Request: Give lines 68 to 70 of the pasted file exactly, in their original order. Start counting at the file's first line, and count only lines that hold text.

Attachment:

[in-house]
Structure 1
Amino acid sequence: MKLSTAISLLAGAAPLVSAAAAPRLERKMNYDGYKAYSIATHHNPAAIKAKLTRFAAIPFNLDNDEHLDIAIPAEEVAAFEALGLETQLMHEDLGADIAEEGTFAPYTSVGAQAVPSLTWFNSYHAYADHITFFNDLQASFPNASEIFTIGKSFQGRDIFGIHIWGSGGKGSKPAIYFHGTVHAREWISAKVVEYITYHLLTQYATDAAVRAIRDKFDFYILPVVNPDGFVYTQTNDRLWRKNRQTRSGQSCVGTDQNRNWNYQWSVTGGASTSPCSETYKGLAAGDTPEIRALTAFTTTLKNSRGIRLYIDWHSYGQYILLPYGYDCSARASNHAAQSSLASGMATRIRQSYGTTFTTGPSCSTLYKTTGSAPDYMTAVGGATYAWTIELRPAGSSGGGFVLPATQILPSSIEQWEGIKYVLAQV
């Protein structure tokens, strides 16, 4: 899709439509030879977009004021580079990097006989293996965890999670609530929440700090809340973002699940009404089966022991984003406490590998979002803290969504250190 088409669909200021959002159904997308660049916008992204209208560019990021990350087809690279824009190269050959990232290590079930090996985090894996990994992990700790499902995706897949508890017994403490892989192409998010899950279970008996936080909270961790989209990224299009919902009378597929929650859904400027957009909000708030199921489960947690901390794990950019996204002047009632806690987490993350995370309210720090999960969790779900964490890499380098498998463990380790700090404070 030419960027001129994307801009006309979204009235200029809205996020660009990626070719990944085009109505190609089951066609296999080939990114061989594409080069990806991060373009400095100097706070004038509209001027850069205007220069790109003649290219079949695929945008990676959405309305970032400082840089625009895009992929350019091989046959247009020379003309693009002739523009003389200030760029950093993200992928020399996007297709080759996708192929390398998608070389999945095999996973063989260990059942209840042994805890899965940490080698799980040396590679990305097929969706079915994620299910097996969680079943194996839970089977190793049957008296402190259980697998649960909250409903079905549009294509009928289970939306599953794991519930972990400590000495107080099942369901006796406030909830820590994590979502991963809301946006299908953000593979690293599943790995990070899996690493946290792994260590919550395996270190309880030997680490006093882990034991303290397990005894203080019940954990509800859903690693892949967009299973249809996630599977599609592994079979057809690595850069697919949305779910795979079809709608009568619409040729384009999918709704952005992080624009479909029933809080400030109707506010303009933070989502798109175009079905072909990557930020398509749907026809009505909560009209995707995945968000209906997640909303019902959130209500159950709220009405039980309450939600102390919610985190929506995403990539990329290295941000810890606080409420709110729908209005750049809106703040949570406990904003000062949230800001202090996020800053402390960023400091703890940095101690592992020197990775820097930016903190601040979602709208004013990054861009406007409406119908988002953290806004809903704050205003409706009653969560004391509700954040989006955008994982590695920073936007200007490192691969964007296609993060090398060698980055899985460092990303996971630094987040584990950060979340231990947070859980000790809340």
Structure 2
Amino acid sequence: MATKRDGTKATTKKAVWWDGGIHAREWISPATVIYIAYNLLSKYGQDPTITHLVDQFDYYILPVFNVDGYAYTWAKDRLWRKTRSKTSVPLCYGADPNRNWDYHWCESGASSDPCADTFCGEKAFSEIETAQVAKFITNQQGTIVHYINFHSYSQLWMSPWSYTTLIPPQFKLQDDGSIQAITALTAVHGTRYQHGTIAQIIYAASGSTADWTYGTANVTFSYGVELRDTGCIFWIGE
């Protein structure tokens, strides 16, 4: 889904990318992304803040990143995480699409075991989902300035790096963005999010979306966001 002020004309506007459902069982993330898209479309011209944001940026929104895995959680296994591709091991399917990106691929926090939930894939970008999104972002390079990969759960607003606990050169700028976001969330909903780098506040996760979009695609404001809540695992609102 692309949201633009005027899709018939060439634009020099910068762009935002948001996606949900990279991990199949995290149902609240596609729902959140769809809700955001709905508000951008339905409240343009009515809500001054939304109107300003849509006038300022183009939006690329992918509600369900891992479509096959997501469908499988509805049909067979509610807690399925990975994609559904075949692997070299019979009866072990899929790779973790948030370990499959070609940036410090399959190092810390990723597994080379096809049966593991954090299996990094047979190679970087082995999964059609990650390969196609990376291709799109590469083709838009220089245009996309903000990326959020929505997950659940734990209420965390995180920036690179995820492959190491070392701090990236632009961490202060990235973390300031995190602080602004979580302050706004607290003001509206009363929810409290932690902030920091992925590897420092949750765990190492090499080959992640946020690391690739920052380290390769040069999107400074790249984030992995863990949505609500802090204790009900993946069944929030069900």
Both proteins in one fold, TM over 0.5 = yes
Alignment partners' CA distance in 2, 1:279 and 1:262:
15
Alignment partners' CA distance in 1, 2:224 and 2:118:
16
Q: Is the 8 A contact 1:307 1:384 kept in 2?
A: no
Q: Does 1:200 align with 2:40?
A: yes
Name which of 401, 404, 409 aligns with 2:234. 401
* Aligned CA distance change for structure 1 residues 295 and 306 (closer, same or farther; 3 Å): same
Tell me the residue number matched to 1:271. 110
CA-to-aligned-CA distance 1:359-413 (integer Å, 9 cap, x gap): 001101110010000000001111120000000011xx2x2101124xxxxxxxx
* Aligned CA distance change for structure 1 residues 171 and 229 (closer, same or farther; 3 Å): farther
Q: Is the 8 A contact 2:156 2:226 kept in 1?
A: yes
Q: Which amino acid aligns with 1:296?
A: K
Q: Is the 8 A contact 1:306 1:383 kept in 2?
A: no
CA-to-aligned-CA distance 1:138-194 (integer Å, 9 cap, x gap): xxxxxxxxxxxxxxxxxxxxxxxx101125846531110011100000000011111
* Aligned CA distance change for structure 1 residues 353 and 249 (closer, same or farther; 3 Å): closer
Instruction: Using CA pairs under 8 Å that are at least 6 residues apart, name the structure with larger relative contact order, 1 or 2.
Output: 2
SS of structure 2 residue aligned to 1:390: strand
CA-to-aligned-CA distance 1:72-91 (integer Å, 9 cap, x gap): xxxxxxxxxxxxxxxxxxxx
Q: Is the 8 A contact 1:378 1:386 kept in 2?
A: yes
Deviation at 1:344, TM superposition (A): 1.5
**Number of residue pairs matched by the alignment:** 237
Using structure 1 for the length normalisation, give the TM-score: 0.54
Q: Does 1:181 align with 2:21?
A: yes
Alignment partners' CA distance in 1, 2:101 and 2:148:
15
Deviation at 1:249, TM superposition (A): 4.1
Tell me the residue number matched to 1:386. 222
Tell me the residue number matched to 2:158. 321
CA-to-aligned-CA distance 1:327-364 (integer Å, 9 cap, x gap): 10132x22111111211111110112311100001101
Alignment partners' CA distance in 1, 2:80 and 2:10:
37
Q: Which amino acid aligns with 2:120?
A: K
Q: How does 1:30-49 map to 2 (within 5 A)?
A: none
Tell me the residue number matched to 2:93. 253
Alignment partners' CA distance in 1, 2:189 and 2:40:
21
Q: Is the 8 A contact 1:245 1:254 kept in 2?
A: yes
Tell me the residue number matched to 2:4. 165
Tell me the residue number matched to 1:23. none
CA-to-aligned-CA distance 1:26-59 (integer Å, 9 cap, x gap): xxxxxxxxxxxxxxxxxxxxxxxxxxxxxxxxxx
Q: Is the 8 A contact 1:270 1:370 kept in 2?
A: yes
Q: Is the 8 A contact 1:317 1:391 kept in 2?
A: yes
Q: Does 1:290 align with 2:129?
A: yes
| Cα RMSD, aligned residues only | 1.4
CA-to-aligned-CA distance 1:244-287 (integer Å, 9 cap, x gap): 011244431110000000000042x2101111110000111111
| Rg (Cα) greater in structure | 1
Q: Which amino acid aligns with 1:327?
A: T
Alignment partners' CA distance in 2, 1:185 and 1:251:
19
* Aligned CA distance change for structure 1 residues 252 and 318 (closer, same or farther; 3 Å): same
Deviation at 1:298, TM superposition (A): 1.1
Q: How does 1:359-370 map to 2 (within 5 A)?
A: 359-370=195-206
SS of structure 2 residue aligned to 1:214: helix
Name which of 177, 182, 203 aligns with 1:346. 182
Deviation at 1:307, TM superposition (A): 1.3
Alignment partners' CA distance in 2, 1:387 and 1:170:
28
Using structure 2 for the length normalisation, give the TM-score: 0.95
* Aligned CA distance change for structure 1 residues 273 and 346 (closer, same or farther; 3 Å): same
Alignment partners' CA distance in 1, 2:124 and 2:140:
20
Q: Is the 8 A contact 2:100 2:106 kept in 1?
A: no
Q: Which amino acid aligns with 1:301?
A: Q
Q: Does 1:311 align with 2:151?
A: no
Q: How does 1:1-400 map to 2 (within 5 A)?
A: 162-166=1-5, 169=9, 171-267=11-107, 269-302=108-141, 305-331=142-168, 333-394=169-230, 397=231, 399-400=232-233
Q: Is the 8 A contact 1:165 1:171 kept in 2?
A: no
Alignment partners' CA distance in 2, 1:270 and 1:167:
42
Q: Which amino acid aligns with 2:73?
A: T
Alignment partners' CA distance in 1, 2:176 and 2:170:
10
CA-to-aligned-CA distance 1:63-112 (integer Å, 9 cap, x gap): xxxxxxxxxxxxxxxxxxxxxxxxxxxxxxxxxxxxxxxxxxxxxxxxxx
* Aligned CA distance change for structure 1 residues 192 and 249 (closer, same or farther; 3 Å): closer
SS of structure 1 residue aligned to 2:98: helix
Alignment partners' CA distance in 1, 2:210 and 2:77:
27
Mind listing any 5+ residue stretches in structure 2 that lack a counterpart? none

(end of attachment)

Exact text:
CA-to-aligned-CA distance 1:244-287 (integer Å, 9 cap, x gap): 011244431110000000000042x2101111110000111111
| Rg (Cα) greater in structure | 1
Q: Which amino acid aligns with 1:327?